> <allison.henderson@oracle.com> wrote:
> >
> > Hi all,
> >
> > This set is a subset of a larger series for delayed attributes. Which is
> > a subset of an even larger series, parent pointers. Delayed attributes
> > allow attribute operations (set and remove) to be logged and committed
> > in the same way that other delayed operations do. This allows more
> > complex operations (like parent pointers) to be broken up into multiple
> > smaller transactions. To do this, the existing attr operations must be
> > modified to operate as either a delayed operation or a inline operation
> > since older filesystems will not be able to use the new log entries.
> 
> High level question, before I dive into the series:
>

Hi Amir,

My 2 cents on this topic (Assuming "delayed operations" refer to "deferred
ops") ... 

> Which other "delayed operations" already exist?

static const struct xfs_defer_op_type *defer_op_types[] = {
        [XFS_DEFER_OPS_TYPE_BMAP]       = &xfs_bmap_update_defer_type,
        [XFS_DEFER_OPS_TYPE_REFCOUNT]   = &xfs_refcount_update_defer_type,
        [XFS_DEFER_OPS_TYPE_RMAP]       = &xfs_rmap_update_defer_type,
        [XFS_DEFER_OPS_TYPE_FREE]       = &xfs_extent_free_defer_type,
        [XFS_DEFER_OPS_TYPE_AGFL_FREE]  = &xfs_agfl_free_defer_type,
};


> I think delayed operations were added by Darrick to handle the growth of
> translation size due to reflink. Right? So I assume the existing delayed
> operations deal with block accounting.

IIRC, Deferred ops are meant to not violate the AG locking order.  If AG 'x'
metadata block[s] is locked then we can only lock metadata blocks of AGs
starting from 'x+1'. Transactions can return -EAGAIN when they detect that
they need to lock metadata blocks belonging to AG 'x-1' or less. In such a
case the transaction will be rolled during which the locks on metadata blocks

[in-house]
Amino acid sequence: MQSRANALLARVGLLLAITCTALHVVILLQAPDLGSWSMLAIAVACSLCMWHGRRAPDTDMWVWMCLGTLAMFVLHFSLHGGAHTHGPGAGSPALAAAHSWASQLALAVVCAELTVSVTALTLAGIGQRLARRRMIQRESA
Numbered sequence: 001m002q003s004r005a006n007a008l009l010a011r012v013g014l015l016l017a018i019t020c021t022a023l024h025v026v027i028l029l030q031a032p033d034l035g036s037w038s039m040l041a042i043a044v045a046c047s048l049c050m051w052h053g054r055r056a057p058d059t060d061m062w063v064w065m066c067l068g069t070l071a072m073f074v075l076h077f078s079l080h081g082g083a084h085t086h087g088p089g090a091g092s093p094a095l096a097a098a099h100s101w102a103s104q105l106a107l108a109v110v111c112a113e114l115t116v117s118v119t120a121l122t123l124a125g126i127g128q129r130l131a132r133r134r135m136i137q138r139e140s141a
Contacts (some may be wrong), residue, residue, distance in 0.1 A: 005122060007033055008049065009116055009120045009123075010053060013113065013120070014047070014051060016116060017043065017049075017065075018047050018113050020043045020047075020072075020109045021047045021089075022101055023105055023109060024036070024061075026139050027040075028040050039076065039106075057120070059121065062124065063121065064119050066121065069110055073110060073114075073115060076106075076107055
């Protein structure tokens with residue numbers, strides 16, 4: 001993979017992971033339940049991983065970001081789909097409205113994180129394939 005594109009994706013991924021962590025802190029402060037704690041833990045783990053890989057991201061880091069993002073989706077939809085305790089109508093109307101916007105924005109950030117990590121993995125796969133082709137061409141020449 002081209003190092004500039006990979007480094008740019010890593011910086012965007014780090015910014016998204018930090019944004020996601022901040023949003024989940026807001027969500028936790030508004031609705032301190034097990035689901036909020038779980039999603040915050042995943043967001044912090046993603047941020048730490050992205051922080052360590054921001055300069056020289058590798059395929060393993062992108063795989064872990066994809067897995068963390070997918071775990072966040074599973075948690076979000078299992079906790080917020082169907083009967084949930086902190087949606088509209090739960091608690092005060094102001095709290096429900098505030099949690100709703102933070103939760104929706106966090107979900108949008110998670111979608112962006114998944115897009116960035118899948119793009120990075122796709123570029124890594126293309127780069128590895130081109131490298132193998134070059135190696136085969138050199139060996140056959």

are given up.

> When speaking of parent pointers, without having looked into the details yet,
> it seem the delayed operations we would want to log are operations that deal
> with namespace changes, i.e.: link,unlink,rename.
> The information needed to be logged for these ops is minimal.
> Why do we need a general infrastructure for delayed attr operations?
> 
> Thanks,
> Amir.
> 
> 
> 
>
Allison Collins Feb. 24, 2020, 4:23 p.m. UTC | #5
On 2/23/20 11:30 PM, Amir Goldstein wrote:
> On Sun, Feb 23, 2020 at 6:02 PM Allison Collins
> <allison.henderson@oracle.com> wrote:
>>
>>
>>
>> On 2/23/20 12:55 AM, Amir Goldstein wrote:
>>> On Sun, Feb 23, 2020 at 4:06 AM Allison Collins
>>> <allison.henderson@oracle.com> wrote:
>>>>
>>>> Hi all,
>>>>
>>>> This set is a subset of a larger series for delayed attributes. Which is
>>>> a subset of an even larger series, parent pointers. Delayed attributes
>>>> allow attribute operations (set and remove) to be logged and committed
>>>> in the same way that other delayed operations do. This allows more
>>>> complex operations (like parent pointers) to be broken up into multiple
>>>> smaller transactions. To do this, the existing attr operations must be
>>>> modified to operate as either a delayed operation or a inline operation
>>>> since older filesystems will not be able to use the new log entries.
>>>
>>> High level question, before I dive into the series:
>>>
>>> Which other "delayed operations" already exist?
>>> I think delayed operations were added by Darrick to handle the growth of
>>> translation size due to reflink. Right? So I assume the existing delayed
>>> operations deal with block accounting.
>> Gosh, quite a few I think, but I'm not solid on what they all do.  If we
>> take a peek at XFS_LI_TYPE_DESC, theres an identifier for each type, to
>> give you an idea.  A lot of them do look like they are part of reflink
>> operations though.
>>
>>> When speaking of parent pointers, without having looked into the details yet,
>>> it seem the delayed operations we would want to log are operations that deal
>>> with namespace changes, i.e.: link,unlink,rename.
>>> The information needed to be logged for these ops is minimal.
>>> Why do we need a general infrastructure for delayed attr operations?
>>>
>>> Thanks,
>>> Amir.
>>>
>> Great question, this one goes back a ways.  I believe the train of logic
>> we had is that because parent pointers also include the filename of the
>> parent, its possible we can end up with really big attributes.  Which
>> may run into a lot of block map/unmap activity for name space changes.
>> We didnt want to end up with overly large transactions in the log, so we
>> wanted to break them up by returning -EAGAIN where ever the transactions
>> used to be rolled.  I'm pretty sure that covers a quick high level
>> history of where we are now?  Did that answer your question?
>>
> 
> Partly.
> My question was like this:
> It seems that your work is about implementing:
> [intent to set xattr <new parent inode,gen,offset> <new name>]
> [intent to remove xattr <old parent inode,gen,offset> <old name>]
> 
> While at a high level what the user really *intents* to do is:
> [intent to link <inode> to <new parent inode>;<new name>]